Friday, March 3, 2023 – The death toll from Tuesday’s train crash in Greece has increased to 57, according to a coroner working on the investigation that has led to protests in Greece.
Eleni Zaggelidou, one of ten coroners working on the investigation, said DNA had been taken from 57 intact bodies as at Thursday, March 2.
A passenger train carrying 350 people collided with a freight train after both ended up on the same track causing the front carriages to burst into flames.
The incident happened just before midnight on Tuesday.
Rescue workers are still going through burned and buckled carriages, searching for victims.
This was the “most difficult moment”, rescuer Konstantinos Imanimidis told Reuters, because “instead of saving lives, we have to recover bodies”.
Many in Greece see the crash as an accident waiting to happen, and the union blamed successive governments’ “disrespect” towards Greek railways for leading to this “tragic result”.
A 59-year-old station master in Larissa has been charged with manslaughter by negligence and appeared in court on Thursday. He has admitted to having a share of responsibility in the accident, his lawyer Stefanos Pantzartzidis said outside the courthouse.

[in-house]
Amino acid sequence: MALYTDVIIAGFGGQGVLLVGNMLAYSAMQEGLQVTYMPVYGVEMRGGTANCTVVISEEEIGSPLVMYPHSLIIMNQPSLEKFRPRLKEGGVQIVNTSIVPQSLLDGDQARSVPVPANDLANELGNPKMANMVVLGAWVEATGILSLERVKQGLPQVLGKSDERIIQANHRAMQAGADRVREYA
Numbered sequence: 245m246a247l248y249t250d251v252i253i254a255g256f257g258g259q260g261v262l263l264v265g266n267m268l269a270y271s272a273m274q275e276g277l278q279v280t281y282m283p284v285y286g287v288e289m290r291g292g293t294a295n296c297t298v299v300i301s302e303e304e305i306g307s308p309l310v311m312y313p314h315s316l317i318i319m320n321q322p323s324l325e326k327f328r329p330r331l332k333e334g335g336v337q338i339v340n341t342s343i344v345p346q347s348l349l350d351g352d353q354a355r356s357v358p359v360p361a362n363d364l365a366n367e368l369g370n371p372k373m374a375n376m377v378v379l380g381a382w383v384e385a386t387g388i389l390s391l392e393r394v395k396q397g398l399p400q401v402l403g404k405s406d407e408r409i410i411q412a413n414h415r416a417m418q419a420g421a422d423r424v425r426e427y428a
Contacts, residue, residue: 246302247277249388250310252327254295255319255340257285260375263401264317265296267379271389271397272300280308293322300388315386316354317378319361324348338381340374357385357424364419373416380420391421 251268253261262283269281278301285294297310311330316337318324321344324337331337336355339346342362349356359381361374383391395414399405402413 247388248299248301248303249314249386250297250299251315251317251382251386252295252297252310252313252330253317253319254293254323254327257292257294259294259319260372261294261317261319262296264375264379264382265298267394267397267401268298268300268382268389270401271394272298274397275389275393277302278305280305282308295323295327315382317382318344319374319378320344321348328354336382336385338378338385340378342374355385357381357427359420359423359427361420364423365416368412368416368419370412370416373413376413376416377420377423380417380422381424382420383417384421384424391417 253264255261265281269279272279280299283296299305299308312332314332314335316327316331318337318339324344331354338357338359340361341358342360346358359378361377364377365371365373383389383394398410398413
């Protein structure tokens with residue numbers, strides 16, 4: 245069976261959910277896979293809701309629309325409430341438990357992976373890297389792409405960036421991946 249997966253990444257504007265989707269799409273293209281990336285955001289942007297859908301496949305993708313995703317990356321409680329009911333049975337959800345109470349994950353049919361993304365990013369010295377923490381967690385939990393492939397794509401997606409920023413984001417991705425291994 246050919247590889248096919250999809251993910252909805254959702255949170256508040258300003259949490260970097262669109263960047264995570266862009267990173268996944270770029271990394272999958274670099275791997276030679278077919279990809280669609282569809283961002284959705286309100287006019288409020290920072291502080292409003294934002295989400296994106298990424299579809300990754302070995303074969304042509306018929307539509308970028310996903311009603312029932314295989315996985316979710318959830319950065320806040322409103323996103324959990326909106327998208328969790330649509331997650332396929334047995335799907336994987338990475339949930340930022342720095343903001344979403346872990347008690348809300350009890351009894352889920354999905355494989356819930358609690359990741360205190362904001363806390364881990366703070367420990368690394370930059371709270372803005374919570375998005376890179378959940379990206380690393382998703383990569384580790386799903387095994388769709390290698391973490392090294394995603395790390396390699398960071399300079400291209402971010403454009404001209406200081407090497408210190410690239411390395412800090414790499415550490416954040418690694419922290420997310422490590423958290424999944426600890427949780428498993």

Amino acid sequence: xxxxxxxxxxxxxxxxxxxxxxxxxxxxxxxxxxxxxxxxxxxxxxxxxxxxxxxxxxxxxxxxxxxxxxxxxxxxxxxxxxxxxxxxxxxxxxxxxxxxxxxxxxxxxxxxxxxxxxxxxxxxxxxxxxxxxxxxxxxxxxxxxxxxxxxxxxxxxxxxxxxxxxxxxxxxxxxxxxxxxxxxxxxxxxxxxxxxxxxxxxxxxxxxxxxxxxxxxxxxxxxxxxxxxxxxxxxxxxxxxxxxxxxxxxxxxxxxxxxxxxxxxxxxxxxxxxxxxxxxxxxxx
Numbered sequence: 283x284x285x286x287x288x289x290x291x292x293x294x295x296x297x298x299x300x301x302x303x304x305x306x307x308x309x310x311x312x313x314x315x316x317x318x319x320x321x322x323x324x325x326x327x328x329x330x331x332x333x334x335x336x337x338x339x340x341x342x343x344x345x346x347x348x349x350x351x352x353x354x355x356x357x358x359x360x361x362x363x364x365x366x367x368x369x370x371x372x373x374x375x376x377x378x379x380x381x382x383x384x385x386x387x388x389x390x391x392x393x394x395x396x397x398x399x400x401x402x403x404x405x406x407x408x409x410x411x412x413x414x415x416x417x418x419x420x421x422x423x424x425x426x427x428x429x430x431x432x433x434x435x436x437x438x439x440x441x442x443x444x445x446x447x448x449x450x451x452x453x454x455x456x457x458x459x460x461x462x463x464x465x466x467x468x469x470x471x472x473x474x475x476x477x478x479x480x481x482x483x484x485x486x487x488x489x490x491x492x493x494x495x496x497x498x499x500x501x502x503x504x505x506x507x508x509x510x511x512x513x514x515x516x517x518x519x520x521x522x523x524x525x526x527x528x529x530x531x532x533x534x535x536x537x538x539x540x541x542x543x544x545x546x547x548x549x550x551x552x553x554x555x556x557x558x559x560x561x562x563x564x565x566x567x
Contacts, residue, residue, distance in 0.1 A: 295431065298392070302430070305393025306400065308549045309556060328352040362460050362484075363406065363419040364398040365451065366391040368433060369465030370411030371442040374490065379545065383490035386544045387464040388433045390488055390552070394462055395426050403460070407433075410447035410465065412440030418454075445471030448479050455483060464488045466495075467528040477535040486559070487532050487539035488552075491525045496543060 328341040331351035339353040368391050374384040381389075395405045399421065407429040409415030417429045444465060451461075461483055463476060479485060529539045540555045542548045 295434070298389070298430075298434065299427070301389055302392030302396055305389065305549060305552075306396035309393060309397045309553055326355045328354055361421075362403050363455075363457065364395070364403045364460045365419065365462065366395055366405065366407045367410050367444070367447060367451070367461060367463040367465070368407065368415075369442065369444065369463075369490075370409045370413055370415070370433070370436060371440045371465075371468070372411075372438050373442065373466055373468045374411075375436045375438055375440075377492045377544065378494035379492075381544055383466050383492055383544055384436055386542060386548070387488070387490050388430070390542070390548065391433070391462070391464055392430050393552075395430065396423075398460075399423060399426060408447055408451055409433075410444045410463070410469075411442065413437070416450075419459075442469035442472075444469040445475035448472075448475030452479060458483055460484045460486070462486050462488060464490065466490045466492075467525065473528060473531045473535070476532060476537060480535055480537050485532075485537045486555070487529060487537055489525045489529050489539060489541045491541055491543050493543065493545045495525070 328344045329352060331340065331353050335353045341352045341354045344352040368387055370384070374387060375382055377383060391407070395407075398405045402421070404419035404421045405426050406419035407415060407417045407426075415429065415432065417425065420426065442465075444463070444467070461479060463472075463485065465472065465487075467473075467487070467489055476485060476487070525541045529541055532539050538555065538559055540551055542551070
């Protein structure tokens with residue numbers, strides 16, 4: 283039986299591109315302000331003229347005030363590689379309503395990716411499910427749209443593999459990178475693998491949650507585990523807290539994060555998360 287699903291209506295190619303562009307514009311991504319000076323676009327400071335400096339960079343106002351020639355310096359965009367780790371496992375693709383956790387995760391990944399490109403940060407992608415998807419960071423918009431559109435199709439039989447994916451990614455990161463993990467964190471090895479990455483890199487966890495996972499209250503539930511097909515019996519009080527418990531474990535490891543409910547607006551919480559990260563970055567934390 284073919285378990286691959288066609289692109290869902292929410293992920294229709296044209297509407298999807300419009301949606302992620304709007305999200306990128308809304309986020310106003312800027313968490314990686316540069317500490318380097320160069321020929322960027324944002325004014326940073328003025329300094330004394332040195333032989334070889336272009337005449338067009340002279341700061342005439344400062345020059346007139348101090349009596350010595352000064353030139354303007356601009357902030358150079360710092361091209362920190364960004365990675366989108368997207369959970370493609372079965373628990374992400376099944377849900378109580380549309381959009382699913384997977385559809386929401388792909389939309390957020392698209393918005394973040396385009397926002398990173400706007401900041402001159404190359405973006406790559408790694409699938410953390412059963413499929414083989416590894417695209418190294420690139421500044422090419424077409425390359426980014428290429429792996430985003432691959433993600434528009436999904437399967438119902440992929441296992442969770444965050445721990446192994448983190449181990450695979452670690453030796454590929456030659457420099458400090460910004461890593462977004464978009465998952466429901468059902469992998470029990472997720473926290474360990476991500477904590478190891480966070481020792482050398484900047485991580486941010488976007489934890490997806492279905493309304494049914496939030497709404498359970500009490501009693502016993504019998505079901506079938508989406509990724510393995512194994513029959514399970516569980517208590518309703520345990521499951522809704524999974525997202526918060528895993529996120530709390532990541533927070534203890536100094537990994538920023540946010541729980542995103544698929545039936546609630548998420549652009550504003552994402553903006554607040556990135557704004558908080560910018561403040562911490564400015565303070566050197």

“He is literally devastated. Since the first moment, he has assumed responsibility proportionate to him,” Mr Pantzartzidis said, hinting that the station master, who has not been publicly named, was not the only one to blame.
The country’s transport minister has resigned over the incident, saying he would take responsibility for the authorities’ “long-standing failures” to fix a railway system that was not fit for the 21st Century.
Meanwhile, the government has promised an independent investigation into the incident that it promises will deliver justice.
On Wednesday, rioters clashed with police outside the headquarters of Hellenic Train in Athens – the headquarters of the company responsible for maintaining Greece’s railways.